Great question. If one is a resident of one state, let's say New Mexico, then New Mexico will tax that person on ALL income earned REGARDLESS where it was earned. If one works in a state where they are NOT a resident (they call it a non-resident), let's say Colorado, then Colorado will tax them on only income earned in Colorado.
So, yes, income earned in Colorado will end up on both Colorado and New Mexico income tax return. Sucks, huh? Not to worry, most states (New Mexico included) have a provision to take the sting out of it (form PIT-ADJ). They allow you a credit for taxes paid to the other state. In general, if you have earned income that is taxable in both your resident state and another state, your resident state will decrease their tax by whichever is lower:
1) the tax paid to the other state
2) the tax owed in your home state on that income.
For example, if he earned $10,000 while in Colorado as a non-resident and the CO tax rate is 6.5%, CO will want $650. If New Mexico's
tax rate is 5.5%, they will want $550 on that same income. Step 1, do a Non-Resident tax return for Colorado and make sure they get their $650 (most will have already been paid through withholding), Step 2, do a New Mexico Resident tax return and fill out the PIT-ADJ (line 21) to get a credit of $550. If Colorado's tax rate is only 3%, you will owe CO $300 and your NM credit will now be only $300. The credit is whichever is less, the Colorado tax or the New Mexico tax on the same amount on income. Get it?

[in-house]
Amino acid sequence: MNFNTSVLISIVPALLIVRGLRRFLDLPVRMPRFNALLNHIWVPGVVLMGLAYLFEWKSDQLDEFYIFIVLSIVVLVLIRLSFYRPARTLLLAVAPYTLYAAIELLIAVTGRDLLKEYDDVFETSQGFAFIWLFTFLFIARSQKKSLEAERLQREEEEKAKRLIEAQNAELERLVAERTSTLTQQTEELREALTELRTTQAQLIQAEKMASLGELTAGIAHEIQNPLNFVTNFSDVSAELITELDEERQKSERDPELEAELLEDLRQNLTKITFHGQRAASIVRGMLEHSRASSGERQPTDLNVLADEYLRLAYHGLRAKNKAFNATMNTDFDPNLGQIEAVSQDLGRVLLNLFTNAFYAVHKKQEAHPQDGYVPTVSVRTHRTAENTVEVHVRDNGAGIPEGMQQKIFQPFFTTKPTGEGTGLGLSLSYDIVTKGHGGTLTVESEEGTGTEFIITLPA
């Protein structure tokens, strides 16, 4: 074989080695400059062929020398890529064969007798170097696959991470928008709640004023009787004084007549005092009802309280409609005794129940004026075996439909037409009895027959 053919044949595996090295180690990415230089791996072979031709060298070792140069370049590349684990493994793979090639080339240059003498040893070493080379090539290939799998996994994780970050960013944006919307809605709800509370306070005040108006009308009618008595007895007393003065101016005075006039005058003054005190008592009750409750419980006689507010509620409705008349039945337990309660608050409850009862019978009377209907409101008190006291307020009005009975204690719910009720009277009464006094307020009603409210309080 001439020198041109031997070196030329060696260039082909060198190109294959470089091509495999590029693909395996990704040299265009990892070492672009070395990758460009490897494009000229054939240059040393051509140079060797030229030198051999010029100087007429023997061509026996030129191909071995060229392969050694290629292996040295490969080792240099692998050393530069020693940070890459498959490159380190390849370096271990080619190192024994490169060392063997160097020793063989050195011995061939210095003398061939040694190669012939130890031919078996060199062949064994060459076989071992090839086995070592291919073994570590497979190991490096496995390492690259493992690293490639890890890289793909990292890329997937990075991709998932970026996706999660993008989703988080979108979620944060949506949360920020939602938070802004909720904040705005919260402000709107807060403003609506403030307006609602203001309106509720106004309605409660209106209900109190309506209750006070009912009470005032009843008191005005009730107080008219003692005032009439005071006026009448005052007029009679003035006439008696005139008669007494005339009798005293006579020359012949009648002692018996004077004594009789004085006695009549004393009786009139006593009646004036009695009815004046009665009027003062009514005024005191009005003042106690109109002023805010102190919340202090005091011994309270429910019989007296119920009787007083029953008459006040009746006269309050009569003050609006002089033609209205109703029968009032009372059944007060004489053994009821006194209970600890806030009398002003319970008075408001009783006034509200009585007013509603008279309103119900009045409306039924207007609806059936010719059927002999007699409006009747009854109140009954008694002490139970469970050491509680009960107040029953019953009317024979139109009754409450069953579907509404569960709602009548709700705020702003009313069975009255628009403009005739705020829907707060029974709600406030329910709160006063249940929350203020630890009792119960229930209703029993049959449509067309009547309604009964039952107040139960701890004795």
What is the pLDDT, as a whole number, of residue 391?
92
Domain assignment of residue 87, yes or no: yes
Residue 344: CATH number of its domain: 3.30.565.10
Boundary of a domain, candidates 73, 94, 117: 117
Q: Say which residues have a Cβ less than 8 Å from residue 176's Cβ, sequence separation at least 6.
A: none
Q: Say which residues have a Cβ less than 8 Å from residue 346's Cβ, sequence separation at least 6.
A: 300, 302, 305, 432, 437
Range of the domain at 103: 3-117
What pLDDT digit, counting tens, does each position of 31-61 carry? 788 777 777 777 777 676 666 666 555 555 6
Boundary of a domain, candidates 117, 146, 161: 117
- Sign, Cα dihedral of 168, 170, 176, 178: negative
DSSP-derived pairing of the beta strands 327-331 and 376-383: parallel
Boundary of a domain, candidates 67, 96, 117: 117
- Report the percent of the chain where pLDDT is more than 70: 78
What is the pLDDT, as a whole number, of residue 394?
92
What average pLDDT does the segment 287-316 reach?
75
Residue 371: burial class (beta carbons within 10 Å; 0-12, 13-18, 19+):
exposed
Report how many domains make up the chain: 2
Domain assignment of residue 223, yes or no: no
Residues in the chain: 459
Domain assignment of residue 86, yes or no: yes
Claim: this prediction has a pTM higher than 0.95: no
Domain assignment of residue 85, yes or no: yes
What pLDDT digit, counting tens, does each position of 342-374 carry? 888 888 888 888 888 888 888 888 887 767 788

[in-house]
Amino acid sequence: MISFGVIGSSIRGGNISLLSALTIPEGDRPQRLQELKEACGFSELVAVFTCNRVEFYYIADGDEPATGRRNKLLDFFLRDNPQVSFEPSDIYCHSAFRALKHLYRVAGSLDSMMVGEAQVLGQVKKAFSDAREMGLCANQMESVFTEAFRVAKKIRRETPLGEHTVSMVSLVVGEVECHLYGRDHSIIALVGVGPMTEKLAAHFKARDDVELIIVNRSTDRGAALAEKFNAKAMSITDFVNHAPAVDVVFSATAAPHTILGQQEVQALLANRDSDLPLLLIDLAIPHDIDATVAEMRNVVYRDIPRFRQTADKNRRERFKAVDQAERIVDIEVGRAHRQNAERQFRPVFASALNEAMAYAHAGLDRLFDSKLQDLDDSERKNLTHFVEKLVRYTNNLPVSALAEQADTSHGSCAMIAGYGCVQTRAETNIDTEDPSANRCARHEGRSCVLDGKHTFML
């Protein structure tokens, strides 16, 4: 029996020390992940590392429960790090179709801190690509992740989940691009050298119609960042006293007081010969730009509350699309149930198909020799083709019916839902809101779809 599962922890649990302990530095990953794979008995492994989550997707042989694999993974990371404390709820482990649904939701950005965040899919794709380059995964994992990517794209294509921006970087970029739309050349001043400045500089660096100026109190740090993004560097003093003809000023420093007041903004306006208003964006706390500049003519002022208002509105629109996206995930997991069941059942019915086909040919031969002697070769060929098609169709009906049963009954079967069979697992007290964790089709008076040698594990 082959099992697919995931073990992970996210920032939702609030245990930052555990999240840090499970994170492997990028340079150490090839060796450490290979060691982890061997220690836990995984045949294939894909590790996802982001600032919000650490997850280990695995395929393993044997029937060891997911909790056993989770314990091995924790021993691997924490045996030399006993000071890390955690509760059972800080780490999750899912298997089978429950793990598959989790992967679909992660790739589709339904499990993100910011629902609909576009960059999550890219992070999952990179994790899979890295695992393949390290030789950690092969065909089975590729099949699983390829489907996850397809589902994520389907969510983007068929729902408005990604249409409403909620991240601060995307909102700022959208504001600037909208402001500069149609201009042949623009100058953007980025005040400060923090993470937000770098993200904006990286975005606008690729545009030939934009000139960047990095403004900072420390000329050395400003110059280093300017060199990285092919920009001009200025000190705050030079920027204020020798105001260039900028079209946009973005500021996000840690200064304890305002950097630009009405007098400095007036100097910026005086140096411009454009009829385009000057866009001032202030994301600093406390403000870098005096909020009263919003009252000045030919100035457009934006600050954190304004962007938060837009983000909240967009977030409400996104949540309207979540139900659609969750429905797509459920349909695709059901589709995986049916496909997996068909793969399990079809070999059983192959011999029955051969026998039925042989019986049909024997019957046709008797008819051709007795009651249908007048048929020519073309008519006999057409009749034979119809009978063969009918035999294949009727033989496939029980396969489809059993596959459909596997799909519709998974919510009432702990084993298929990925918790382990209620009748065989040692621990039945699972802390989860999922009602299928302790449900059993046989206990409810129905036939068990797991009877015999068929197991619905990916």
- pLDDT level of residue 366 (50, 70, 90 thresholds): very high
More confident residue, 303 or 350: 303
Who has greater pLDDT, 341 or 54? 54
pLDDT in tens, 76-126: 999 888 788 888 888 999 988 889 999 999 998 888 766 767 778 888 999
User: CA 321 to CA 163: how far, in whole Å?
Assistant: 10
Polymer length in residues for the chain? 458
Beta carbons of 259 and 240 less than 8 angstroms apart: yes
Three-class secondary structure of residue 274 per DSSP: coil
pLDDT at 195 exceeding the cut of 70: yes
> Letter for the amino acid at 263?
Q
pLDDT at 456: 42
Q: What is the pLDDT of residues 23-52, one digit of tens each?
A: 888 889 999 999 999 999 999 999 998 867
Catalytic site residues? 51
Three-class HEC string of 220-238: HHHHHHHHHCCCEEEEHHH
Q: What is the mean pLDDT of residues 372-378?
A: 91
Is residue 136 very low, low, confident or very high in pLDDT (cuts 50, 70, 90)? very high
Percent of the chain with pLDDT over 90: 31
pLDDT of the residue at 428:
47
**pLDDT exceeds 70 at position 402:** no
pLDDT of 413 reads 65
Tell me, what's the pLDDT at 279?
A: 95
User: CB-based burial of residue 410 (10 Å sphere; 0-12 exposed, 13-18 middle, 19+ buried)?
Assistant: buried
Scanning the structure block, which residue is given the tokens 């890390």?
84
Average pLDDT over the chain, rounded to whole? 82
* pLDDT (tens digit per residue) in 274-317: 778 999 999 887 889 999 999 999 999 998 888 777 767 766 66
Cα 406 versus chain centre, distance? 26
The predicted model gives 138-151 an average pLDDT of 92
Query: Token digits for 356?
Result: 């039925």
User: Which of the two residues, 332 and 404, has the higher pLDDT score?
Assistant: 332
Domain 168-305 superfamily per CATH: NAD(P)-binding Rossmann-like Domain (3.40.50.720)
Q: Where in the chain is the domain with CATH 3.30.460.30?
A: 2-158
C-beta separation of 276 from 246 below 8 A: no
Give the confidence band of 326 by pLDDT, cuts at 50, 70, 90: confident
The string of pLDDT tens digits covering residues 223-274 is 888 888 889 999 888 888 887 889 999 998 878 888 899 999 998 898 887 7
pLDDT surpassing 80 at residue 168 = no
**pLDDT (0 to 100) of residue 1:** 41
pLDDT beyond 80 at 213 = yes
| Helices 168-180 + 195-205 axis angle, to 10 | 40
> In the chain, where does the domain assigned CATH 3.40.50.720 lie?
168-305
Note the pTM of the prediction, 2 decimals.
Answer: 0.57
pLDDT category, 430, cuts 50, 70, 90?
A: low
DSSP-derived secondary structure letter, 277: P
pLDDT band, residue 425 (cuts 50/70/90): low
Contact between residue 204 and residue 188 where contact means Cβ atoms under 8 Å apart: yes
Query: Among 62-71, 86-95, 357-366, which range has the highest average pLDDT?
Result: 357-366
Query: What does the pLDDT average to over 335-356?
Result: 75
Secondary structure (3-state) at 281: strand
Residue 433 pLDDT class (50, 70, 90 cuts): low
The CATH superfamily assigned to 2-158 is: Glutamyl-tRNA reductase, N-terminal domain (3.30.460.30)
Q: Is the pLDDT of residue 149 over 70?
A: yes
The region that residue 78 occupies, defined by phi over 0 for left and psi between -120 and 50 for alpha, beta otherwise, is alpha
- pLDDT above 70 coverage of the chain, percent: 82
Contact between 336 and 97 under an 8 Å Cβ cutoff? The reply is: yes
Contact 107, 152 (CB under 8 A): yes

Now, as far as withholdings, his employer should only be withholding NM taxes when he is in NM and CO taxes when he is in CO. If they withhold NM and CO taxes when he is in CO, then he will probably get a nice refund when he does his NM taxes.
Hope this helps :)
By the way, ignore comments about not owing anything to Colorado. Colorado taxes all income earned in that state. You can't escape it legally.
TaxMan · 9 years ago